Purpose of review: To discuss gene association studies conducted in workers diagnosed with occupational asthma.
Recent findings: Human leukocyte antigen studies conducted in European workers have defined major histocompatibility complex class II alleles and haplotypes associated with diisocyanate asthma. Recently, certain glutathione S-transferase genotypes (e.g. the GSTM1 null genotype) and N-acetyltransferase genotypes associated with slow acetylation phenotypes have been reported to be associated with diisocyanate asthma. Genotype combinations of IL-4 receptor-α and CD14 single nucleotide polymorphisms (SNPs) were significantly associated with diisocyanate asthma, but only in workers exposed to hexamethylene diisocyanate. A recent genome-wide association study (GWAS) conducted in Korea identified several SNPs of the α-T-catenin gene that were significantly associated with diisocyanate asthma.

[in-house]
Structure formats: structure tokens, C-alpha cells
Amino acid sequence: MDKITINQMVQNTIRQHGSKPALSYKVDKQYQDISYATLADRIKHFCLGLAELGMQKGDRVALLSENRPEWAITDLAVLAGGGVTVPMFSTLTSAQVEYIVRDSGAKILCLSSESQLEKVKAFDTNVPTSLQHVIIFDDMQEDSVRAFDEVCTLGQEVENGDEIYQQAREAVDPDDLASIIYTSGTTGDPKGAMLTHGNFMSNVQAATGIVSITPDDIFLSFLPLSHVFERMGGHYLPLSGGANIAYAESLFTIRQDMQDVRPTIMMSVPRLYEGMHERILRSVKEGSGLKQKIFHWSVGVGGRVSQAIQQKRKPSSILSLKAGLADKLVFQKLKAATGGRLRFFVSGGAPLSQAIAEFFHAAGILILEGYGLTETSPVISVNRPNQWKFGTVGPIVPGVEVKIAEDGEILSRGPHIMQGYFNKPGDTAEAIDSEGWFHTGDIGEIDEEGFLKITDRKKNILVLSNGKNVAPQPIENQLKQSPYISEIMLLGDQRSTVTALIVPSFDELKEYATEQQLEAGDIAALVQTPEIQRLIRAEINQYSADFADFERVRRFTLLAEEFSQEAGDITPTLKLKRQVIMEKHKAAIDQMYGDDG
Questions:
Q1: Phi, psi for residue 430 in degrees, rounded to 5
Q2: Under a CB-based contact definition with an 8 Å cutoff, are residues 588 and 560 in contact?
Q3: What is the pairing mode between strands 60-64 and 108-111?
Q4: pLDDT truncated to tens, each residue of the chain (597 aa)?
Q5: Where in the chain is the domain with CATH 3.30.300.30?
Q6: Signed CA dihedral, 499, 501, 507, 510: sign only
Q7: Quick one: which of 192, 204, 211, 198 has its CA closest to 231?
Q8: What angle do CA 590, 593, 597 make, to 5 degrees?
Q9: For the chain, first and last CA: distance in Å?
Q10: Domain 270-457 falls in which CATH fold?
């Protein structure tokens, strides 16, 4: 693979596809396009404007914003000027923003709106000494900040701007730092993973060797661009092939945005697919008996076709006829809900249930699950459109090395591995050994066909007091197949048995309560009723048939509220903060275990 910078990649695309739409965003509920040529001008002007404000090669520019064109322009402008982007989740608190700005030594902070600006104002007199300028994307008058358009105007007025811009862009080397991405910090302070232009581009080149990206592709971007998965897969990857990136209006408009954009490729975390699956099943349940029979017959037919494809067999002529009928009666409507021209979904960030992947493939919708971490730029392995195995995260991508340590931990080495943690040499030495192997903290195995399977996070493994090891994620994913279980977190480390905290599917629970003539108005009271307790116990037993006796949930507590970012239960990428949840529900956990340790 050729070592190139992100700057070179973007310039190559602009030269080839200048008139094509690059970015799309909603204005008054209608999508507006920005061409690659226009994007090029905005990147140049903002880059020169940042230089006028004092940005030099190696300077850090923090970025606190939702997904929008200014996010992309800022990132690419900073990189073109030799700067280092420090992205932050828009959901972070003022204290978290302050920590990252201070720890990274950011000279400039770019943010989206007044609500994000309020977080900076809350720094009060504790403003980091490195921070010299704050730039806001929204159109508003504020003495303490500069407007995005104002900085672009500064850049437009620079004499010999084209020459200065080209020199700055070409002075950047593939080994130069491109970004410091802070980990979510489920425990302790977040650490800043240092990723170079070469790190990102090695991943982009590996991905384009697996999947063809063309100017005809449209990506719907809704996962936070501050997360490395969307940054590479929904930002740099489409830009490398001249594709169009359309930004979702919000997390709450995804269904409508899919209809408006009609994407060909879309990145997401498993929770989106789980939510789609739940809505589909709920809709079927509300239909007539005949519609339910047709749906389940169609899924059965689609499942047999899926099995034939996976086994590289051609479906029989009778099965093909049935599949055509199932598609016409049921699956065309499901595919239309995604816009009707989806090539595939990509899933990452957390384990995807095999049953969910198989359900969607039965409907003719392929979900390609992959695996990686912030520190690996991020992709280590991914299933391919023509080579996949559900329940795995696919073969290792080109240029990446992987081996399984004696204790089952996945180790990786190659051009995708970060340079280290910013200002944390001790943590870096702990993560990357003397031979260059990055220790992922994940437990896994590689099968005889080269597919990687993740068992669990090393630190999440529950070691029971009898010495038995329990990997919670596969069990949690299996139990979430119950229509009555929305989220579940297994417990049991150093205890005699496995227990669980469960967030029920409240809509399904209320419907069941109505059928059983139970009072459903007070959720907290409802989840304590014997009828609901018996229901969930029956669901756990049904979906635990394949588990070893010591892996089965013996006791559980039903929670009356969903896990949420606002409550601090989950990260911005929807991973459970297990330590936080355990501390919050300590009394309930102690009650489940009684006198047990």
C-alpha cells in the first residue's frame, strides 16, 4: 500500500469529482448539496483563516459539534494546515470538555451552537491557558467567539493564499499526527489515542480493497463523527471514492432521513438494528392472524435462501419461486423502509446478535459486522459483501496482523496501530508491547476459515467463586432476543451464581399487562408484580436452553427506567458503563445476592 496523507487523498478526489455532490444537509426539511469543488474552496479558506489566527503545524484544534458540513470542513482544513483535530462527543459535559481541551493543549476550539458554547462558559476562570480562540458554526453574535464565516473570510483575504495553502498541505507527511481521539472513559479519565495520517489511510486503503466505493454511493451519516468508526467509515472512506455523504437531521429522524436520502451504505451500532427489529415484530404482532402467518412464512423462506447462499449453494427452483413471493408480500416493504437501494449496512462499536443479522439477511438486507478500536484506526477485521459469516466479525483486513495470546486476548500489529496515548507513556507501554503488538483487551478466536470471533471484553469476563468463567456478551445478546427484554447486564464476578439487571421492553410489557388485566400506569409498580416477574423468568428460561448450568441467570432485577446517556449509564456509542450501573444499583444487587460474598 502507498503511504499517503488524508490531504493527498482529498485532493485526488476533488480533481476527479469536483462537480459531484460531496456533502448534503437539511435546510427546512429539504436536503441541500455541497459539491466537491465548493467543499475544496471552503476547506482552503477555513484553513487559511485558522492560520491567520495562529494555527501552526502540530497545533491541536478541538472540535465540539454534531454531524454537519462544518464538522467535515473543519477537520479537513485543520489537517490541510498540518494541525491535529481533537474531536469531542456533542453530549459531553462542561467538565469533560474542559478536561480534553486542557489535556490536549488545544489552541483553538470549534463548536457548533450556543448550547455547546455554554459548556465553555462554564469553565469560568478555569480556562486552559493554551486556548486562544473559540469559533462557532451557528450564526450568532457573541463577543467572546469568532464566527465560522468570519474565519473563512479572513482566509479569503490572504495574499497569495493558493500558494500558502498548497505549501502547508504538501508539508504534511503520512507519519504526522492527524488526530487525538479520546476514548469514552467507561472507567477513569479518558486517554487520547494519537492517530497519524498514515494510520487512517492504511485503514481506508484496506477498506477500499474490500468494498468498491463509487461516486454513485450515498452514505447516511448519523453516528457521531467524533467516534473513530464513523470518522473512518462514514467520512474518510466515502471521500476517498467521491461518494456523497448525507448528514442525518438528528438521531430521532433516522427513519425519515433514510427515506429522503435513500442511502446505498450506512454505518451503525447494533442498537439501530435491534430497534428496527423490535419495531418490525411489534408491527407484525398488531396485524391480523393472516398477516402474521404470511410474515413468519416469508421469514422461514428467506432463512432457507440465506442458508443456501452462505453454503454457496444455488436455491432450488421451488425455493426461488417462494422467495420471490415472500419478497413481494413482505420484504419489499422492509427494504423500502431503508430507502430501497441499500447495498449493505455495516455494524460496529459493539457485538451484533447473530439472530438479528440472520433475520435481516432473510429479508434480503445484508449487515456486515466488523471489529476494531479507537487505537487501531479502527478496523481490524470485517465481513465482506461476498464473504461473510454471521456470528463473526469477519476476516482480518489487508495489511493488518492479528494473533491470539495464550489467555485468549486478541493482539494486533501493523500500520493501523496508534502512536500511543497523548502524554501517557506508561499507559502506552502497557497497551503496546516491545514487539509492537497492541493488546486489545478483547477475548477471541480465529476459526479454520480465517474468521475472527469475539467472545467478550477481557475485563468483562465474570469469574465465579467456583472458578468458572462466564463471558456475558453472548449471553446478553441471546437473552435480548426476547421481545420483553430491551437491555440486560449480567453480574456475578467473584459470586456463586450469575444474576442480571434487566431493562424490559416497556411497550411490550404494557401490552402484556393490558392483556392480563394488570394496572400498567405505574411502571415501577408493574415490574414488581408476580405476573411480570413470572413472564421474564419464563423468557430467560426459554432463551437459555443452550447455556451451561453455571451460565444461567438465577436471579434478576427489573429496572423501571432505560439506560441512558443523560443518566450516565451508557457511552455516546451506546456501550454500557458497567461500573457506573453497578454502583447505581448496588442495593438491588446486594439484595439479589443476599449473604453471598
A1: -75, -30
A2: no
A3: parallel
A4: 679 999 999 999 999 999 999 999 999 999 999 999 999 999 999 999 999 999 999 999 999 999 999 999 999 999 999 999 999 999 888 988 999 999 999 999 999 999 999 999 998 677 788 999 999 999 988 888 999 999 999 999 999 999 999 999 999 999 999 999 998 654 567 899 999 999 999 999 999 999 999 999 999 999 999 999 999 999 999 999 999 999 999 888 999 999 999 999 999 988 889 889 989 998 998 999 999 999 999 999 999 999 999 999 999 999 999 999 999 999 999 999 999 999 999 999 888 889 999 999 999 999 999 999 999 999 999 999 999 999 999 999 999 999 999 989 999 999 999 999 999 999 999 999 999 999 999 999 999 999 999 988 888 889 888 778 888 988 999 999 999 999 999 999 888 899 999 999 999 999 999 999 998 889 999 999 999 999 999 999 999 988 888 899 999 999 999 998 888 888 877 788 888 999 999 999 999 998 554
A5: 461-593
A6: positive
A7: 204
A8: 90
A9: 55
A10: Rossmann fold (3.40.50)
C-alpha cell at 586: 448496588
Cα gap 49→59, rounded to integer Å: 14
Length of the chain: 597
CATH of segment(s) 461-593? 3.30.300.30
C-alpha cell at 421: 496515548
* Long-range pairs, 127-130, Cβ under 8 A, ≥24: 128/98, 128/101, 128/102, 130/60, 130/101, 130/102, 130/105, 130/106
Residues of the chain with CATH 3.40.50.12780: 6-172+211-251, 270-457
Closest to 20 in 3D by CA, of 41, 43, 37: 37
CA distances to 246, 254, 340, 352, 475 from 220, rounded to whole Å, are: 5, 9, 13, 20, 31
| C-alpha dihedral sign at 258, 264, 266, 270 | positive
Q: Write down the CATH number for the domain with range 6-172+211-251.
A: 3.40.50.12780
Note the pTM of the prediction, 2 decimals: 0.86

Summary: Although candidate gene association studies have yet to identify reliable predictors of occupational asthma, future investigations including GWAS studies may identify high-risk genotypes allowing identification of workers at risk.